Friday 19 August 2011

Hit the Ground Kneeling

This week, I have been reading ‘Hit the Ground Kneeling: Seeing Leadership Differently’ by Stephen Cottrell, Bishop of Chelmsford.

As the title suggests, the book proposes that leadership most fruitfully begins from a place of contemplation and, for the Christian, prayer.

I am not good at taking time out to kneel before God, and to contemplate the role of pastor to which he has called me. When I do take a day retreat, I can easily feel guilty about all the other things I should be doing. So on this day, when I am on retreat, it’s been good to have the wisdom of this book. For now, I’ll share just a couple of snippets:

‘Being available must never be the defining characteristic of effective leadership.... The wise leader will make wise choices about how time is managed, giving first priority to that space for refreshment and discernment where decisions about the right use of the rest of the time can be profitably made’ (p17).

‘Many leaders rush around doing lots of things because they are seeking affirmation in the wrong place, trying to keep everyone happy rather than being engaged in the more noble vocation of making them holy, helping them become themselves’ (p22).

It’s good stuff, and there’s more where this came from. It’s well worth reading!

Oh, and Cottrell does recommend a day away every month, where Christian leaders can rekindle their first love. Amen to that! Now, all I need is to do it….

Thursday 18 August 2011

Revolution and Riots!

It seems like old news now, but we have recently returned from holiday in the peaceful land of Egypt to the restless world of the United Kingdom!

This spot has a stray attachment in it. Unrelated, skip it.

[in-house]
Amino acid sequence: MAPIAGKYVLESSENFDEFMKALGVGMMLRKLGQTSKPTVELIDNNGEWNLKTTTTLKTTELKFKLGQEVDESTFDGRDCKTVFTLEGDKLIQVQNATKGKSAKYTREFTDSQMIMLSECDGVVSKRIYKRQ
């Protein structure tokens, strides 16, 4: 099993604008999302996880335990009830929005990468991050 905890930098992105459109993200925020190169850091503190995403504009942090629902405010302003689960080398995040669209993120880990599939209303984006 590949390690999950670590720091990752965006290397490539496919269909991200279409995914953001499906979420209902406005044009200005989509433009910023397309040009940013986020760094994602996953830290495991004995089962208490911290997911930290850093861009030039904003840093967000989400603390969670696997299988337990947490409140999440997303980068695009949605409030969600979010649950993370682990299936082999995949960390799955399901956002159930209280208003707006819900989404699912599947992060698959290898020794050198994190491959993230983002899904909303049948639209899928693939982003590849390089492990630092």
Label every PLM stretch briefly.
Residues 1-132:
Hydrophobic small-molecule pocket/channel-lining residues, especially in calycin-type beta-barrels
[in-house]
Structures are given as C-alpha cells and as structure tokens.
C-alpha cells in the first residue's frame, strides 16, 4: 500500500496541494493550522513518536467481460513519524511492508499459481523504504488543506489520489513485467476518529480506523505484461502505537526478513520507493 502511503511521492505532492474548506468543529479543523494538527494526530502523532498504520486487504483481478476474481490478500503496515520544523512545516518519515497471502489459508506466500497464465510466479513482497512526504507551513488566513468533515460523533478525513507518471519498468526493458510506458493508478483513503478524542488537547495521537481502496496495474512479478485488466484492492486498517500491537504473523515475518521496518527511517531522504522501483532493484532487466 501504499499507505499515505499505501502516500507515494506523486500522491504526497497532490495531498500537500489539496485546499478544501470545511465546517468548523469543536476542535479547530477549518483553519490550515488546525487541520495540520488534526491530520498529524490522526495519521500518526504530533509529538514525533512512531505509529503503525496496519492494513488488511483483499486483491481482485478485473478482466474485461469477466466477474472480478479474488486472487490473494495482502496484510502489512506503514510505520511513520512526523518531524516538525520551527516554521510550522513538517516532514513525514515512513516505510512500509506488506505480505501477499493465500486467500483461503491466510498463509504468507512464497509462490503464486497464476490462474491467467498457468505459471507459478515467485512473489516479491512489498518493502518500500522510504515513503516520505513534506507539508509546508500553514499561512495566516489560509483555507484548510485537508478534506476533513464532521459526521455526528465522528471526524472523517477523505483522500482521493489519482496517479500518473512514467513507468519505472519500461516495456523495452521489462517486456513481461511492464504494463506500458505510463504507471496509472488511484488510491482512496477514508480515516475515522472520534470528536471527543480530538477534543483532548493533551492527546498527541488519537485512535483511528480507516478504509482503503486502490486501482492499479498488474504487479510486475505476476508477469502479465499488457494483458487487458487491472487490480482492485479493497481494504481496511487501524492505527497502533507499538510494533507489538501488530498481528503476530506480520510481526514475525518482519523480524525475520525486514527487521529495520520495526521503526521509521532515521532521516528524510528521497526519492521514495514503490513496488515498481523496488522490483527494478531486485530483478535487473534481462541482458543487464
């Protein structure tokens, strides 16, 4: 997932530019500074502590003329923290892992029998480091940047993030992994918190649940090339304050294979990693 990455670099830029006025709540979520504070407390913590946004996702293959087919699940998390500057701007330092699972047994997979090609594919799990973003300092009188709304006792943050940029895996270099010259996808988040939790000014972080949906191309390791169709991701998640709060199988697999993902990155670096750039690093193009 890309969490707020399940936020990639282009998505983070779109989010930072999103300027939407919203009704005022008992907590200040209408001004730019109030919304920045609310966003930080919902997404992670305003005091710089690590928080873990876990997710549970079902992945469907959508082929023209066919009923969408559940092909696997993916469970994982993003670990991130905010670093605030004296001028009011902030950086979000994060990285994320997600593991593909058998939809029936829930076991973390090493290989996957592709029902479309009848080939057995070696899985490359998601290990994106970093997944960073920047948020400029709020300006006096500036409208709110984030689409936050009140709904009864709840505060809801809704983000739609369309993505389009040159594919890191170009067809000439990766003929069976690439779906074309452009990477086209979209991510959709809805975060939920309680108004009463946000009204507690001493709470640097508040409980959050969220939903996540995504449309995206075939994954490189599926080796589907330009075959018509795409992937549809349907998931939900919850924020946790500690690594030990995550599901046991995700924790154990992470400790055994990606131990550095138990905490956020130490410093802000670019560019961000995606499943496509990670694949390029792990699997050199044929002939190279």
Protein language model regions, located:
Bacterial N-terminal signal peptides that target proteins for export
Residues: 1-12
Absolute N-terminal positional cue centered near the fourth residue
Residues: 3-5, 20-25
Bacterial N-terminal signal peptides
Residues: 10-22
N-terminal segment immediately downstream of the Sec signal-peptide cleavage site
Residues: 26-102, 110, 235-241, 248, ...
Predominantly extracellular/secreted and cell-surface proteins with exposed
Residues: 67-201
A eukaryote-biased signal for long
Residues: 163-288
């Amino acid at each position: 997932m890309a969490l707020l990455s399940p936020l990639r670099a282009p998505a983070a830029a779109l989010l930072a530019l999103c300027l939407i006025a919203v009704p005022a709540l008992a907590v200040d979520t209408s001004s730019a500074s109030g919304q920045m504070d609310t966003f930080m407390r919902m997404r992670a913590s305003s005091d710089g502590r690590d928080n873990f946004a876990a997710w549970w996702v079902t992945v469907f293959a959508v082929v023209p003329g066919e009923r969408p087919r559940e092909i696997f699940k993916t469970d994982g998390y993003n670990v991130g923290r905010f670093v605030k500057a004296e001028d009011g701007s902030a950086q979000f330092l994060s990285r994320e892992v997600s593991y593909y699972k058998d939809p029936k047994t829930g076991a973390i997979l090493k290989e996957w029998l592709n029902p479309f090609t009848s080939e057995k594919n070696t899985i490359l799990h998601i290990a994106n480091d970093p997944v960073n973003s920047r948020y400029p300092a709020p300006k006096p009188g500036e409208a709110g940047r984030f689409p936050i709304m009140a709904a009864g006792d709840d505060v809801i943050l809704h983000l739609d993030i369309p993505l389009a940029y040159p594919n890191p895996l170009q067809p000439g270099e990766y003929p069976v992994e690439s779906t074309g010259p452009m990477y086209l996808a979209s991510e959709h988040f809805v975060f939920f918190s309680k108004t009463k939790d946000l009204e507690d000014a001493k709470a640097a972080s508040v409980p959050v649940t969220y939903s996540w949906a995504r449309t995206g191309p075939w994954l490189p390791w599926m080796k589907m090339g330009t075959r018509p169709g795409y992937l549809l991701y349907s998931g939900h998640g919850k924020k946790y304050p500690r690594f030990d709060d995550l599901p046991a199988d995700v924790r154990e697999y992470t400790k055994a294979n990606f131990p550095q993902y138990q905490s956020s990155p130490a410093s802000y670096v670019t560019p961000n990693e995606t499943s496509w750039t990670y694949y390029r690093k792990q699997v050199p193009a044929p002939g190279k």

I have to say that there were times when we wondered if booking Egypt was such a good idea. If First Choice had let us transfer our deposits to another holiday without cost, we would have done so. They wouldn’t so we didn’t, and I’m glad. It was a fantastic holiday!

The Egyptian people were so pleased to see us. We were treated like royalty on our Nile Cruise, and almost as well at our other two hotels in Cairo and Luxor. Tahrir Square was peaceful, having been cleared of the few remaining protestors just a few days before. We understood why Thomson moved our Cairo Hotel from the Rameses Hilton, next the burnt out premises of Mubarak’s party. Day 1 of Mubarak’s trial was being watched avidly on TV as we popped into a local shop to buy provisions. We were driven by the courthouse where Mubarak was appearing, where all seemed peaceful, helped by the court being well outside Cairo and by a heavy army presence. All was quiet, not least because, sad to say, the usual tourist presence on which many in Egypt rely, was reduced to 10 or 20% of the usual trade. Meanwhile, we watched our hotel TVs with horror at the unrest and riots back home!

Life as a tourist from the UK is no experience of real life in Egypt. However, it is obvious that many in that country experience major poverty. I can understand why they should rebel against the increasingly dictatorial government of Mubarak and his family, who were feathering their own nest at the expense of the people. It’s a little harder to understand why the comparatively wealthy young people at home (even those who are unemployed) should take it out on whatever they can lay their hands upon.

Perhaps, like the Prince and the Pauper, we all need to change roles and experience how the other half lives? We might all be more grateful for what we have!